Utterly hilarious comedy series aired on Channel 4 in early 1998. A creation of comedy genius Chris Morris, the six-part show is a fierce and characteristically over-the-top lampooning of "investigative journalism" shows such as Panorama and World In Action. Each episode tackles a Big Important Issue: The first show opens with camcorder footage of a cow being shot out of a mortar cannon. (Ack, no it doesn't - it starts with the dinner party scene.) But Morris's astoundingly surreal investigation of man's relationship with animals (highlights include assorted celebrities making a heart-rending appeal for help for an elephant with its trunk stuck up its anus) is only the tip of the iceberg.

"Drugs" is nearly wholly given over to a campaign to stop the made-up drug cake (see the node cake for full details), where Morris managed to gull dozens of publicity-hungry celebs. "Science" reveals the dark past of the Apollo 11 astronauts (with clever mixing of real and archive footage), and the scandal of Heavy Electricity.

"Sex" has Peter Sissens receiving fellatio at the newsdesk, homosexuality in the Navy, and an American politician who is a compulsive masturbator (this episode is gleefully offensive, and its somewhat short running time suggests even more stuff was cut). "Crime" has the series at its most technically polished, with a very tightly-written report on a run-down housing estate, and celebrities (Tommy Vance, Geoffrey Boycott and Vanessa Feltz) filming a video to be shown to young offenders.

Finally "Moral Decline" sees the show at loggerheads with Channel 4's top brass. Cuts and alterations abound, and at one point a flashframe is displayed with a rude message aimed at the boss of the network, Michael Grade.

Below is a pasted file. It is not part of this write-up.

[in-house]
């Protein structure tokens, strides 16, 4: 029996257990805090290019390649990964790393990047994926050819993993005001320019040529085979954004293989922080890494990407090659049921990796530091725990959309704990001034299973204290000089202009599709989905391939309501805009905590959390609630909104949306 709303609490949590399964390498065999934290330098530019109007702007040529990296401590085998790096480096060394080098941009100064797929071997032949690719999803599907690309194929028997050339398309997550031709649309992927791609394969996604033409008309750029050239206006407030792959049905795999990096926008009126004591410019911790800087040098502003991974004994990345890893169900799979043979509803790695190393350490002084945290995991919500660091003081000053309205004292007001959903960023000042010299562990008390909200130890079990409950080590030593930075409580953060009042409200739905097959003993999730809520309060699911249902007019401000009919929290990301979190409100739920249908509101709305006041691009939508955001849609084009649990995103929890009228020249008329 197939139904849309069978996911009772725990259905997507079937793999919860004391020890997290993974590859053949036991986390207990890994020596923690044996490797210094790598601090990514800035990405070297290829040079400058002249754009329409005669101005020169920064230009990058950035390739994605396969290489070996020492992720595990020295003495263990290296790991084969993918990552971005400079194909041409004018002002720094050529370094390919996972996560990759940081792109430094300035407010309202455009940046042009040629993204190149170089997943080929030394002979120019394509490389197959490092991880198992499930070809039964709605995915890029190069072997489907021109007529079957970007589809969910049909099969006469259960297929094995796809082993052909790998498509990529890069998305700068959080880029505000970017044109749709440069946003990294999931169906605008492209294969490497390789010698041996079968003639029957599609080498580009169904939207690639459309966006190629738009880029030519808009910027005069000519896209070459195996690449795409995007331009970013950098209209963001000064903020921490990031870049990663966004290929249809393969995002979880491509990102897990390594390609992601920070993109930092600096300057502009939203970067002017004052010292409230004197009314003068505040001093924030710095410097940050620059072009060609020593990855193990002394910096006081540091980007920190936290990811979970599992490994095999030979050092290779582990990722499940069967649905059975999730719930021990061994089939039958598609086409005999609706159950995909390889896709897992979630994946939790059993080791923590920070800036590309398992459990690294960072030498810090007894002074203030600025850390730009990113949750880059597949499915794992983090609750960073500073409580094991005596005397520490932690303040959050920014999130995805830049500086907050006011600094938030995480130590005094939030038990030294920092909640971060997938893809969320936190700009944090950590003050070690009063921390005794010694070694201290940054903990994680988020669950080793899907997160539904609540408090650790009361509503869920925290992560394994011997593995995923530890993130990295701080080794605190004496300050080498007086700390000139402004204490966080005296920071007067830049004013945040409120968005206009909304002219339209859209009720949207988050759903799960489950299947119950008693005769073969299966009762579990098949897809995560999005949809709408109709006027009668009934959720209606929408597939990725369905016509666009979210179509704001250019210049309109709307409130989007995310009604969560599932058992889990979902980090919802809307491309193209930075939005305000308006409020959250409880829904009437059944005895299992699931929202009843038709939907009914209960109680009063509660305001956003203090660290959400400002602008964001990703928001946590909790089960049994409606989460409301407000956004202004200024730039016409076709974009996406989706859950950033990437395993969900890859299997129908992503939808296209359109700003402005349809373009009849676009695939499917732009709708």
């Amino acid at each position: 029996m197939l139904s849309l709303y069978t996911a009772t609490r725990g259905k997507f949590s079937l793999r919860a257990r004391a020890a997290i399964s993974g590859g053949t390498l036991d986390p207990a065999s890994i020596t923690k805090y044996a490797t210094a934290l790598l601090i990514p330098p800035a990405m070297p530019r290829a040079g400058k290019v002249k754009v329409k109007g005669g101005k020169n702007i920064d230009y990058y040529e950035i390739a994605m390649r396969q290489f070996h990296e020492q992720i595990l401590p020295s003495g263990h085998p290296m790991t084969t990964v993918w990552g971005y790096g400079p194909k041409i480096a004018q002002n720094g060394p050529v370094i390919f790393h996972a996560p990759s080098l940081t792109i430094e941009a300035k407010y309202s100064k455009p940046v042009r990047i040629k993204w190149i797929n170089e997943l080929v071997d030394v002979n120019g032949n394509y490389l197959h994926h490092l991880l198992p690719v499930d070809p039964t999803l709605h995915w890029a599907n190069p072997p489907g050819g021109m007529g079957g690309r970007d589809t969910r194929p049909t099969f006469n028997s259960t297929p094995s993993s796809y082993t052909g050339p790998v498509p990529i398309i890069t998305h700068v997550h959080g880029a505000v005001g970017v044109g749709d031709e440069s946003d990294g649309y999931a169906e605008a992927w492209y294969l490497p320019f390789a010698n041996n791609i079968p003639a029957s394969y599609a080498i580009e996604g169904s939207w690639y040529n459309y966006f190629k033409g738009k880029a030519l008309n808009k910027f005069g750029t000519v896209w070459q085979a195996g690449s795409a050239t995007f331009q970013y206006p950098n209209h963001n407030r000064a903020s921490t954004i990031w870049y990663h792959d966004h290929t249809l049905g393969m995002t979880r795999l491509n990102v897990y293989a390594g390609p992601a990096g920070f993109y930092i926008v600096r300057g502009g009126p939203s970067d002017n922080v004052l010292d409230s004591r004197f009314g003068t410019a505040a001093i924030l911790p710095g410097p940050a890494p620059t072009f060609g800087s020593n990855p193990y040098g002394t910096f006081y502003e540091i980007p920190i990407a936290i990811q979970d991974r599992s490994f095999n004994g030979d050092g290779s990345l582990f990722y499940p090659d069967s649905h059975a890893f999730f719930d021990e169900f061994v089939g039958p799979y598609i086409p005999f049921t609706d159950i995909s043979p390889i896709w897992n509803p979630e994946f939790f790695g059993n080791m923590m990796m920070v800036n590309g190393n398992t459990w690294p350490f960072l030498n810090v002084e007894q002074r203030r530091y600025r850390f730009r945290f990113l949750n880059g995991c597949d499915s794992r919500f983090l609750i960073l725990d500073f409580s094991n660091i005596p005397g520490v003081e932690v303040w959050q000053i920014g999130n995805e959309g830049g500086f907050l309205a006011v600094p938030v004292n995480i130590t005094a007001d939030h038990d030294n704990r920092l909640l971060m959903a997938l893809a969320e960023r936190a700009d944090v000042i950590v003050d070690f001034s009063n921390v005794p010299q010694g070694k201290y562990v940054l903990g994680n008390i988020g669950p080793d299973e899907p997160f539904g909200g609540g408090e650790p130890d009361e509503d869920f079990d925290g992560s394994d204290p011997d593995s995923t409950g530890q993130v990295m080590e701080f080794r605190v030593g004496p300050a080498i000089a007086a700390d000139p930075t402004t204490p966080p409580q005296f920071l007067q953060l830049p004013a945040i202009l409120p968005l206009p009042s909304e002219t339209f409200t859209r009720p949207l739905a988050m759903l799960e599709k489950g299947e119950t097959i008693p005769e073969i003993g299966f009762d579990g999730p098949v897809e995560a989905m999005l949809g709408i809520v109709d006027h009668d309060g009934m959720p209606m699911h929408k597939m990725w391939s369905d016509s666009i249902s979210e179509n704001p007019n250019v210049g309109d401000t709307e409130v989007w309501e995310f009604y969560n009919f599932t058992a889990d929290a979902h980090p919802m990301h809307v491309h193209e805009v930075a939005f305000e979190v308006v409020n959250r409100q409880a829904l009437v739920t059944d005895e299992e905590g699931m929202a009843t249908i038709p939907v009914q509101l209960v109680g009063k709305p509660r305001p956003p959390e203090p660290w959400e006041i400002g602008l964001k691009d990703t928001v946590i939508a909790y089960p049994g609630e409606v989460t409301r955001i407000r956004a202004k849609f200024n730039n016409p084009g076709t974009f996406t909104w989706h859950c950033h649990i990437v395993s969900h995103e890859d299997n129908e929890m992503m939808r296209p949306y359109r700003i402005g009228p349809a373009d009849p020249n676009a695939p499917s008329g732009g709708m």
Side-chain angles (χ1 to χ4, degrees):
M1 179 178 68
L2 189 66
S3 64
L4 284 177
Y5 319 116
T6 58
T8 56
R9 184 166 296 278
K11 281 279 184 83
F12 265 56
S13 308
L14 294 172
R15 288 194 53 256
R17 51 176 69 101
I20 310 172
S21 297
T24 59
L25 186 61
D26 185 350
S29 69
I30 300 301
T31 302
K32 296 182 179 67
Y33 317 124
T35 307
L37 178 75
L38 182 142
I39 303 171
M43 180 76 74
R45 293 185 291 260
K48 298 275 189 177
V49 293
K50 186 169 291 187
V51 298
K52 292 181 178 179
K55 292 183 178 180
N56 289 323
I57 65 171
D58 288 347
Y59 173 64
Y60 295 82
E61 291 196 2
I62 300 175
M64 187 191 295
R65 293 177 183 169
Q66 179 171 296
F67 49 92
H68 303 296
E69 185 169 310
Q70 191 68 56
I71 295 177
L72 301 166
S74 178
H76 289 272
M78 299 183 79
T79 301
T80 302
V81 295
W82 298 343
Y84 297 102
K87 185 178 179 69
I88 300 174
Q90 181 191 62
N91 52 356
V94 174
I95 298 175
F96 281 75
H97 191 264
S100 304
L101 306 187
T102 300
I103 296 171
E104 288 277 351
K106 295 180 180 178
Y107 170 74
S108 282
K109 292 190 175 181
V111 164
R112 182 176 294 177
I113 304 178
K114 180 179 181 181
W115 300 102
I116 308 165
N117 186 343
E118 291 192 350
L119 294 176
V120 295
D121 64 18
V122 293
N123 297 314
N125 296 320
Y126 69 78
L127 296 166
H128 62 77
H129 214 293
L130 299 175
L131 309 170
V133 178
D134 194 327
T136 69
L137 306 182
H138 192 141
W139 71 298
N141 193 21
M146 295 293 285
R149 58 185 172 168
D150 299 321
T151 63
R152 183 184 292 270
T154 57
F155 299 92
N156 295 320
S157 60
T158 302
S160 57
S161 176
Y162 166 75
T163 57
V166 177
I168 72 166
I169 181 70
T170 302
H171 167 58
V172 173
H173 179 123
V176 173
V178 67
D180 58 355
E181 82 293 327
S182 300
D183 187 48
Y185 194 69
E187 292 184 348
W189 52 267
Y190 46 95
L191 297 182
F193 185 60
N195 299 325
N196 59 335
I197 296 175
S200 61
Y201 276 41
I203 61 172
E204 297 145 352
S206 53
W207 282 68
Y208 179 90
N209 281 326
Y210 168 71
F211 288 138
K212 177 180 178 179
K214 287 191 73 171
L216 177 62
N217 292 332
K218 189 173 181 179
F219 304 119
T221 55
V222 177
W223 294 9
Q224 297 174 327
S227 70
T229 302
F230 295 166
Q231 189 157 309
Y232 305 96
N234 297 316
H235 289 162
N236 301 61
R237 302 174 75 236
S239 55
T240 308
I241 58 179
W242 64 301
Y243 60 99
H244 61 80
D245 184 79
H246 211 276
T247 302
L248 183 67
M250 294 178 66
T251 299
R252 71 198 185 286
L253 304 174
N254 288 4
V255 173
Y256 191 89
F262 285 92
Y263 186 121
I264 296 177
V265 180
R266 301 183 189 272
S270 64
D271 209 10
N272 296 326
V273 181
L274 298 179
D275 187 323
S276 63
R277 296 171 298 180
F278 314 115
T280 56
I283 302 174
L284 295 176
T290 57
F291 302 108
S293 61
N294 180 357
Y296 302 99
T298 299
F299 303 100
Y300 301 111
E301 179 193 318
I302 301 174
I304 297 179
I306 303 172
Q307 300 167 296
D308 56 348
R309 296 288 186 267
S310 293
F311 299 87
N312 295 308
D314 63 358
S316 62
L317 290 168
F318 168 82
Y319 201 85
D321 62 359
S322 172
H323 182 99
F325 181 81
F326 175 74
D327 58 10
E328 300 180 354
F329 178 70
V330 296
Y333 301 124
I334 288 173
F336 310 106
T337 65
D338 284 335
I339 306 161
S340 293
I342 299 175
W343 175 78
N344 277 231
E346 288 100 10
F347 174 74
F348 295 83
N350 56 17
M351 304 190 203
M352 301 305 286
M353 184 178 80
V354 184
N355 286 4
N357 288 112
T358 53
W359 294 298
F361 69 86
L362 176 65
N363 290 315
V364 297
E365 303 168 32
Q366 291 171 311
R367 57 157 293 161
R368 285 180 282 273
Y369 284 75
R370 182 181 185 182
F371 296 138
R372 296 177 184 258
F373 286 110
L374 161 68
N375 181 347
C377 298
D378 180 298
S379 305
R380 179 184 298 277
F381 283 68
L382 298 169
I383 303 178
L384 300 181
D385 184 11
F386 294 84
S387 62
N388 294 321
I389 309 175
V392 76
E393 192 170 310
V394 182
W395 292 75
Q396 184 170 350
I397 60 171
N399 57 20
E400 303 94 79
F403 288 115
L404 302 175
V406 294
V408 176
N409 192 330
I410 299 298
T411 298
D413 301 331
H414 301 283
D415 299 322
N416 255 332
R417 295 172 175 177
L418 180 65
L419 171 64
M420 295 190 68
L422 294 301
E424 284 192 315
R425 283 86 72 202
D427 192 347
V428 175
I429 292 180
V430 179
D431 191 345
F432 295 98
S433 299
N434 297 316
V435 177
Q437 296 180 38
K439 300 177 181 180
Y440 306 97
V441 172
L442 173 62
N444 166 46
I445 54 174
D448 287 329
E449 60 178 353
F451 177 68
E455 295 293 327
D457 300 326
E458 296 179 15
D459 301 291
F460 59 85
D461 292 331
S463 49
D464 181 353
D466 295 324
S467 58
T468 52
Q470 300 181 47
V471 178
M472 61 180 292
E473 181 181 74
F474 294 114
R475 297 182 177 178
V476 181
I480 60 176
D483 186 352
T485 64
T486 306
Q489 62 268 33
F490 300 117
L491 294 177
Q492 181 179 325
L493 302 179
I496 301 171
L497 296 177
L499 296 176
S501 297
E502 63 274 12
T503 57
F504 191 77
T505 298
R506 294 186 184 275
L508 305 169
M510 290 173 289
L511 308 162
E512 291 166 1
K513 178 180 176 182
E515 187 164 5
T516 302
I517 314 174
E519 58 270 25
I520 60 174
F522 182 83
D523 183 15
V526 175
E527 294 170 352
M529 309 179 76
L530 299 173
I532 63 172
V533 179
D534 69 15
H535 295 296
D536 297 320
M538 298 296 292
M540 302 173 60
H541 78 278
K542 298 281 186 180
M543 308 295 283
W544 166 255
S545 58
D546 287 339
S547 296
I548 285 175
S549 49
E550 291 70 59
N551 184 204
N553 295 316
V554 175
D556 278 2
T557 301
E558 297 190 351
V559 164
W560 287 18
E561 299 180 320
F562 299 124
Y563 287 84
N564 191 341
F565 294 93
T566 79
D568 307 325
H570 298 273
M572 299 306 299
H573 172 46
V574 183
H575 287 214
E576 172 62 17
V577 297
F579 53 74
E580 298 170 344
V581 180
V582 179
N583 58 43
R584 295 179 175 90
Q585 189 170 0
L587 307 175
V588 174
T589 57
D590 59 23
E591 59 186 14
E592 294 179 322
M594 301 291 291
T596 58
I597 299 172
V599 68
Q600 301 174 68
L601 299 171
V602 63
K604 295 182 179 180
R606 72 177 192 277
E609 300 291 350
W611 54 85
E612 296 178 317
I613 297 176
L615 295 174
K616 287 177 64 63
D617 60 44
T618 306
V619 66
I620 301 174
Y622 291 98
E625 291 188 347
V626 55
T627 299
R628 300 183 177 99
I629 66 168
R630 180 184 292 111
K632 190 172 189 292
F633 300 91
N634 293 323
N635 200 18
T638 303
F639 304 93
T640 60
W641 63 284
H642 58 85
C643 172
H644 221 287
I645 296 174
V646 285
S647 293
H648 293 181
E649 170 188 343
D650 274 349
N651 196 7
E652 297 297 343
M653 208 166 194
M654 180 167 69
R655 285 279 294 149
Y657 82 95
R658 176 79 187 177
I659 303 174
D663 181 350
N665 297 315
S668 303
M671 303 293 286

Morris presents the show himself (in his On The Hour newsreader role, as well as several heavily-made-up alter-egos used to interview celebrities), with many of his long-standing colleagues appearing in various sketches. Notably, David Cann (who also featured as the doctor in Jam) makes a couple of hilarious appearances, as NASA spokesman Ripp Candy ("I believe the technical term is a bully-ramming") and as a headmaster who promotes the use of drugs.

A number of the stunts attempted for the show did not come off as planned, in some cases a few seconds of footage from various escapades are shown during the titles. One story goes that Morris and a small crew were interviewing a right-wing MP about asylum seekers and immigration (which the MP had typically bigotted views about). During the interview, they stop to apply make-up to Morris and the MP. The MP is unwittingly "blacked-up" - but unfortunately the assembled crew can't hide their mirth as Morris procedes with the interview, and the MP rushes to the toilet to find a mirror, while everyone else makes a hasty getaway!

Due to extensive amounts of red tape (understandable when you consider the large variety of celebrities who appear, almost invariably approached under false pretenses), the show will never be released on video. This is a great shame, but maybe one day the whole thing will appear on DVD, hopefully with cut and censored material restored. It truly is a milestone in British comedy and should be viewed by everyone at the earliest possible juncture.

Update: In July 2001, E4 showed the entire series as "Brass Eye Night". These versions of the shows were uncut, with extensive new material in the final show, "Moral Decline", including the infamous Sutcliffe : The Musical section. On the 26th of July, Channel Four screened an all-new Brass Eye Special on the topic of Paedophilia. It was superb.

Update: As of May 2002, the collected Brass Eye (all 6 episodes and the 2001 special) can be purchased on DVD and video. Highly recommended.